The same goes for Australia Day- many of us are so caught up in our modern day nationalistic pride that we forget, for some people- the Aboriginals- or the “other perspective” such a day is not a day of celebration, glory or honour but a day of regret, hostility and pain. That is why i also fail to make commentary about Australia Day because i actually think about the other side, i precisely question if i celebrate such an occasion, may i be hurting others? The exact same thing goes for ANZAC day, if i glorify such a day, may i be hurting those that saw the occasion as something else? Something like an invasion or aggressive attempt at war? It’s not my place to make such a compelling stand and statement.

This is where people need to understand, just as the case of Scott Mcintyre- failing to acknowledge such days the same ways as other people acknowledges them doesn’t mean i disrespect our history, neither does it mean i hate my beautiful country or all that we stand for. It doesn’t make us an enemy or disrespectful mongrels that spit on the graves of fallen soldiers. I am absolutely sure i have friends that have had relatives involved in such occasions and i refuse to belittle their efforts or bravery in the face of war, yet i respond to complex issues with a complex mind. I cannot “simplify” war and i cannot dumb down the details of such intense and scattered battles where many individuals stories and narratives contradict the “perfect” storyboard of events that is given to us.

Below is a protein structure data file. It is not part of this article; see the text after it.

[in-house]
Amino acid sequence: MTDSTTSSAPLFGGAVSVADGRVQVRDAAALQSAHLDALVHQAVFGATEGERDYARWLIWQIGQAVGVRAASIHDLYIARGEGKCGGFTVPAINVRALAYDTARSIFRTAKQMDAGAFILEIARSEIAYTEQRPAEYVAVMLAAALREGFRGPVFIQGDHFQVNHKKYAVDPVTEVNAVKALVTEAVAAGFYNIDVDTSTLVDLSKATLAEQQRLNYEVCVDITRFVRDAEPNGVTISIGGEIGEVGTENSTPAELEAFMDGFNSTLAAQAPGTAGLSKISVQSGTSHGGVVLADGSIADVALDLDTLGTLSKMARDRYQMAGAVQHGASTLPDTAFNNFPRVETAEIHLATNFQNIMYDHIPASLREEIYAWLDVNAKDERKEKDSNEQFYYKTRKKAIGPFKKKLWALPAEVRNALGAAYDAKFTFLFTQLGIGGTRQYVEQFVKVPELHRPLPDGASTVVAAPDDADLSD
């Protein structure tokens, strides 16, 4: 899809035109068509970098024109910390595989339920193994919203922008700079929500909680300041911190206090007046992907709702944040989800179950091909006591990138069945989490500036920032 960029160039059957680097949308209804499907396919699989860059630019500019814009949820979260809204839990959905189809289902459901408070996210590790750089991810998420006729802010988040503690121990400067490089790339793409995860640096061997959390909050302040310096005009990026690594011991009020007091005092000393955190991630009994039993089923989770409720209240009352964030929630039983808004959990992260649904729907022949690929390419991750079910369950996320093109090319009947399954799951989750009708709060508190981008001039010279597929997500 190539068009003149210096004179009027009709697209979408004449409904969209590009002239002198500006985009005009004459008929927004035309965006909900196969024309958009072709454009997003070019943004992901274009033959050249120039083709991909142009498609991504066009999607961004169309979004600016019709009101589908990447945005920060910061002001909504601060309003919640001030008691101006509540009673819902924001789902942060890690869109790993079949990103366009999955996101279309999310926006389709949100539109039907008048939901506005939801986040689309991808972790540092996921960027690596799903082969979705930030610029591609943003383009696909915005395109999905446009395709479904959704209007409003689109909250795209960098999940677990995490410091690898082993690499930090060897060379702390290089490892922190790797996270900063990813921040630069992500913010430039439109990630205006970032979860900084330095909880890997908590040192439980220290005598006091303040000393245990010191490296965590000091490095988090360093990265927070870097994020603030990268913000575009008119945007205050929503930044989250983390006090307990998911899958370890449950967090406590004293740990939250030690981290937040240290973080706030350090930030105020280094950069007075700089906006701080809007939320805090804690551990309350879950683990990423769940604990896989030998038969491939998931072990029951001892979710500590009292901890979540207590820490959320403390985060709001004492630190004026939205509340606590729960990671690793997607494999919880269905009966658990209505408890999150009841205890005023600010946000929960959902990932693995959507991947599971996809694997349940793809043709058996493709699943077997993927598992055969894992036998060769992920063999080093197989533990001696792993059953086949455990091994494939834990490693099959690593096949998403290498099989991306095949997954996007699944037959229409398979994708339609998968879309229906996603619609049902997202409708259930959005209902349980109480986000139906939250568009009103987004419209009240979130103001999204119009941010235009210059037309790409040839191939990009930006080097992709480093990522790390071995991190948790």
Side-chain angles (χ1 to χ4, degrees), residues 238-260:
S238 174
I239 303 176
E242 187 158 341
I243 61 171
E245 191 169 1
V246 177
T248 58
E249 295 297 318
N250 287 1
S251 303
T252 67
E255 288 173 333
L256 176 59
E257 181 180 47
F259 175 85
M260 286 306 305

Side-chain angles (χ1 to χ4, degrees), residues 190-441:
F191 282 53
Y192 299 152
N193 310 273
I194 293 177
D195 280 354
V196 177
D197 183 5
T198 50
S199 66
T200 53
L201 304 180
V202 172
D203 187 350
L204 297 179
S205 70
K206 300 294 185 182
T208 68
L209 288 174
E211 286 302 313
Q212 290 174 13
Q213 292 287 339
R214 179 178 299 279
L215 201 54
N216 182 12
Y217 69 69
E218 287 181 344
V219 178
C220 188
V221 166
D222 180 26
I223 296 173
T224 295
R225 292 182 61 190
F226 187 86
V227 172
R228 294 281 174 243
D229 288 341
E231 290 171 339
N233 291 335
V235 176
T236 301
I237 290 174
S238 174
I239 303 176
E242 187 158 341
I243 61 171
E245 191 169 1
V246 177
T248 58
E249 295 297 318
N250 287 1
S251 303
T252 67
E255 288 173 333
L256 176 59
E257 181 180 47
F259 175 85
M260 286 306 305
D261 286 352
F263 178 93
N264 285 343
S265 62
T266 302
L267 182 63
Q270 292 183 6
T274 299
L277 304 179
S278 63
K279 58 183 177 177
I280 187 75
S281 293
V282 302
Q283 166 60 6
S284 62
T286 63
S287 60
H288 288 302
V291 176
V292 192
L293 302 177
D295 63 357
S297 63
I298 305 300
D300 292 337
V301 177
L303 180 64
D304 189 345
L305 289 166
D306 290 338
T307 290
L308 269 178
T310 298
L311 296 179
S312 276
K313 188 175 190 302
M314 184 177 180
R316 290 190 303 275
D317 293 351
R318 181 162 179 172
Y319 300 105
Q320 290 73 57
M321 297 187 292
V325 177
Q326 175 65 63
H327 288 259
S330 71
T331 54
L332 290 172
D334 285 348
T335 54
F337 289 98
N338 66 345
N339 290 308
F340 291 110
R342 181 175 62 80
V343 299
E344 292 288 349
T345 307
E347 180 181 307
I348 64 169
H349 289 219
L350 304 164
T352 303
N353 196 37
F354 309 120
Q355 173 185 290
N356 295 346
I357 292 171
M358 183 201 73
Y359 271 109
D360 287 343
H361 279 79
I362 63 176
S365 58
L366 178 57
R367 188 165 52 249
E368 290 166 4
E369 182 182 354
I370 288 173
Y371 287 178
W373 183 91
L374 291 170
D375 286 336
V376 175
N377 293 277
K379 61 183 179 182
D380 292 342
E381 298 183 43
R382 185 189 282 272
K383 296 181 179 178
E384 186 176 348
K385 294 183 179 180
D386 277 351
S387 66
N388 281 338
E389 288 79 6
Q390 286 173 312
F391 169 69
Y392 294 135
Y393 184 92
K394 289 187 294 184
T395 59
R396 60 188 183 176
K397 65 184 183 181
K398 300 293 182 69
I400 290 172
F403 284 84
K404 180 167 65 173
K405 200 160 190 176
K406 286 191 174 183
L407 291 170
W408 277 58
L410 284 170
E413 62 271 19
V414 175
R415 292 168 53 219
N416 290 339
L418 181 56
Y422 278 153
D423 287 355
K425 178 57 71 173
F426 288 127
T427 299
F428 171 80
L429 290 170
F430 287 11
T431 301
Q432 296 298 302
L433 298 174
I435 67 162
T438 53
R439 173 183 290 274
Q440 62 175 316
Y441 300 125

Australia Day: A day of celebration for some and a day of dismay for others.

Australia Day: A day of celebration for some and a day of dismay for others.

There is no Orthodoxy on how an Australian should view ANZAC day or Australia day yet the fact of the matter is people are cast as treacherous villains for having outside opinions of such events that are fed to us by our Politicians and the Media. I cannot help but think as we intensify in such remembrance year after year we are coming a step closer to not only glorifying a past war but unintentionally and subconsciously preparing to glorify our involvement in future wars– most of which are not sanctioned by us but our Allies overseas.